“We thank Senator Durbin, who was the first U.S. legislator to support sustainable Armenian and Haitian reforestation, including through the use of debt-forgiveness incentives to promote the growth of forest cover in both of these nations,” said ANC Illinois Chair Maral Vartanian Abrahamian. “The Haiti and Armenia Reforestation Act of 2018 – now introduced in both the Senate and House – sets clear timetables and establishes key benchmarks for progress toward vital reforestation initiatives in Armenia.”

Deforestation has greatly reduced Armenia and Haiti’s ability to respond to and recover from natural disasters. In Haiti, hurricanes have killed thousands and displaced hundreds of thousands more, partly because of the clearing of large hillsides that enable rainwater to run off into residential settlements. The effects of Haiti’s January 2010 earthquake also reduced hillside stability and caused significant mudslides throughout the country. In Armenia, deforestation has caused tens of millions of dollars in damage due to flooding and wildfires, including the recent devastation caused to the Khosrov Forest Reserve, which is among the oldest protected areas in the world. This bill aims to prevent these devastating consequences of deforestation.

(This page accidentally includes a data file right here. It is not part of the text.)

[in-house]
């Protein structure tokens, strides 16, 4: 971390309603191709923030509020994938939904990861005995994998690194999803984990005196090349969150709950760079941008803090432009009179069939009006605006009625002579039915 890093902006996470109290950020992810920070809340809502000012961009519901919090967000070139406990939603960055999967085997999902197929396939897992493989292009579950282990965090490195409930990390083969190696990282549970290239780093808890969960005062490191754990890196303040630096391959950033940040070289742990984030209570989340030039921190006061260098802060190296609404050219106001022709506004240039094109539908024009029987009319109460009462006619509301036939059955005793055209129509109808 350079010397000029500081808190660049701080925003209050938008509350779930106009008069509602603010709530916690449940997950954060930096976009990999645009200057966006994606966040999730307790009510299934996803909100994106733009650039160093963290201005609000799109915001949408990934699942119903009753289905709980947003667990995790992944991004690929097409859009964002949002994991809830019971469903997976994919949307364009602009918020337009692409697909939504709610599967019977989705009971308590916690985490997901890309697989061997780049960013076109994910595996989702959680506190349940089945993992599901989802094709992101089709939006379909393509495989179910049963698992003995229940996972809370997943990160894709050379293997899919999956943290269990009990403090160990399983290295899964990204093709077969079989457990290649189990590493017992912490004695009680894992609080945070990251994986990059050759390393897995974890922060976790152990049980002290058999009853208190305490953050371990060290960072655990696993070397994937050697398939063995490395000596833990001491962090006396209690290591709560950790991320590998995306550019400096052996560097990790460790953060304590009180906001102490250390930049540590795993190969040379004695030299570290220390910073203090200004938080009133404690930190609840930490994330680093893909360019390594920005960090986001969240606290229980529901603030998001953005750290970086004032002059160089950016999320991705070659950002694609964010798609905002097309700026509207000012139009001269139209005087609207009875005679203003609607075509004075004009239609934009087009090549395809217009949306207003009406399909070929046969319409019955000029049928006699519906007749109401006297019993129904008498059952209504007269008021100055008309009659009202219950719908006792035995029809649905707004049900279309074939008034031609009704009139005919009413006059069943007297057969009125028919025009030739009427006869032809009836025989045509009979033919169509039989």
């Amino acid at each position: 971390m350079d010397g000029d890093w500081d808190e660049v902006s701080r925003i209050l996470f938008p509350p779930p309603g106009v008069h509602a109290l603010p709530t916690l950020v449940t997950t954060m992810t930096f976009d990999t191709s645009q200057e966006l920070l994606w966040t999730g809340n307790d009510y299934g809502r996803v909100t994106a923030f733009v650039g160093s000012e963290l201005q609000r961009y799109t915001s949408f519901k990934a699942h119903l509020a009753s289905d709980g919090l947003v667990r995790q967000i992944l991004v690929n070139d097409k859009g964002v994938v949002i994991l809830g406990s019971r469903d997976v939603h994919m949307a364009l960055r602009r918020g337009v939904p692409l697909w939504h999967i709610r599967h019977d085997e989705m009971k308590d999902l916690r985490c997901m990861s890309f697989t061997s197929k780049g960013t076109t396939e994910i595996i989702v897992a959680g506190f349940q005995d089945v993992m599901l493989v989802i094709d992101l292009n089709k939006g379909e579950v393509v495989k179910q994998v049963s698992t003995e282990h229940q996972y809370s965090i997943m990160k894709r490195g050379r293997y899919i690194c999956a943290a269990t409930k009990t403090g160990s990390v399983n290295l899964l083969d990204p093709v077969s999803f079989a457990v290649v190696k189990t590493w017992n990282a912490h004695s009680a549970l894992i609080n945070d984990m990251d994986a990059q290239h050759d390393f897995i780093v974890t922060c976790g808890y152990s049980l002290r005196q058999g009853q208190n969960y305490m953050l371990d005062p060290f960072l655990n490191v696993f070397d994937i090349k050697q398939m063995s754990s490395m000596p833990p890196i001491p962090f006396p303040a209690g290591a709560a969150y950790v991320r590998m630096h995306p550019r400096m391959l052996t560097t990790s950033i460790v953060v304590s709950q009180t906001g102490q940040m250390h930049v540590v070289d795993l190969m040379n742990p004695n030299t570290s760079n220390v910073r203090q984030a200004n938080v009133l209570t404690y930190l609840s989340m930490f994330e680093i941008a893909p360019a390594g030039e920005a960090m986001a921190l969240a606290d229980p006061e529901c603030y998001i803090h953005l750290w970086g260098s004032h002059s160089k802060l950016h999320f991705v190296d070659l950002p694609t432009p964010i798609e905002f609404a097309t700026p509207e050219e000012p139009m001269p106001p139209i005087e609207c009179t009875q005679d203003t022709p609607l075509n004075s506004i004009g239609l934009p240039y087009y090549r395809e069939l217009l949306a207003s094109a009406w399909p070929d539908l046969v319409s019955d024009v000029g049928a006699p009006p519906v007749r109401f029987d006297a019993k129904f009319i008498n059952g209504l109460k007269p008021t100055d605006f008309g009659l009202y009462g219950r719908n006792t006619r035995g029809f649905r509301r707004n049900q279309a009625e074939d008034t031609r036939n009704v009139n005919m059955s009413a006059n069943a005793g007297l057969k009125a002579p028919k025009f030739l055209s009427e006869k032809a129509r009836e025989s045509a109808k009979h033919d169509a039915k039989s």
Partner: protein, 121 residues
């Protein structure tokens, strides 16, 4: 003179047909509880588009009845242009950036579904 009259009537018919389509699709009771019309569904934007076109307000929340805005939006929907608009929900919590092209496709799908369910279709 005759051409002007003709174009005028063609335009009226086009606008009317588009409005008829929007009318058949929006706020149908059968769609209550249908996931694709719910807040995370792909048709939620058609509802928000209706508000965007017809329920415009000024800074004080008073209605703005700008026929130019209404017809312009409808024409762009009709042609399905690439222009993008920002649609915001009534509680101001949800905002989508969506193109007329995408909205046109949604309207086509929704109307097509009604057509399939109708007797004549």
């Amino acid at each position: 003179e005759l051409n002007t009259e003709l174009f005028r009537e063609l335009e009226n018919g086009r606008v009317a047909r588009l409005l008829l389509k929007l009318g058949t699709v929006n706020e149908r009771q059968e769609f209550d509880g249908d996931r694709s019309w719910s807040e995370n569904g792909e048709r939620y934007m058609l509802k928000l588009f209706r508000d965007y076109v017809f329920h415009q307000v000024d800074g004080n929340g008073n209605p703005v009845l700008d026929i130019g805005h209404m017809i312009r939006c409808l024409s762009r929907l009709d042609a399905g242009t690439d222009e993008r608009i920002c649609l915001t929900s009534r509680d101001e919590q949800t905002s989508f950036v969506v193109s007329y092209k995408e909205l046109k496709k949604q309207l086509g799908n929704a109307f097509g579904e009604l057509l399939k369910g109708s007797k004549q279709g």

“Continued deforestation will result in disastrous long-term environmental, health, and economic impacts in Haiti and Armenia,” said Durbin. “This bill supports the market-based sustainable restoration and rebuild of critical ecosystems to improve the overall vitality and quality of life in these countries. I have seen first-hand the impacts of deforestation in Haiti. We need to take action now to ensure people can make a livelihood while preventing future harm to the environment and global climate.”



  1. I am suspiciously positive and skeptical at the same time for Haiti. The deforestation in Haiti is linked to the day to day drudgery of that Nations source of cooking fuel, charcoal.
    At any one time one may drive the south highway from Port-au-Prince to Cayes and then over to Port Salut and north along the coast to Tiburon and Cap Dame Marie. I’ll wager that one would count over thirty massive trucks upon any afternoon loaded beyond capacity with thousands of pounds of charcoal in sacks destined for markets along their routes to P-a-P. This is an endless never ceasing activity. The three million plus in the greater P-a-P area and the attached sprawling settlements want to cook and produce heat for a plethora of other needs.
    Replanting trees often meets with disaster.
    The Bill for Haiti should be well thought forward in view of the culture and consequences of just what charcoal does for the growing population.
    When I first entered Haiti over half a century ago there were perhaps 3 million as the nation’s population versus by my calculations of over 13 million today in 2018.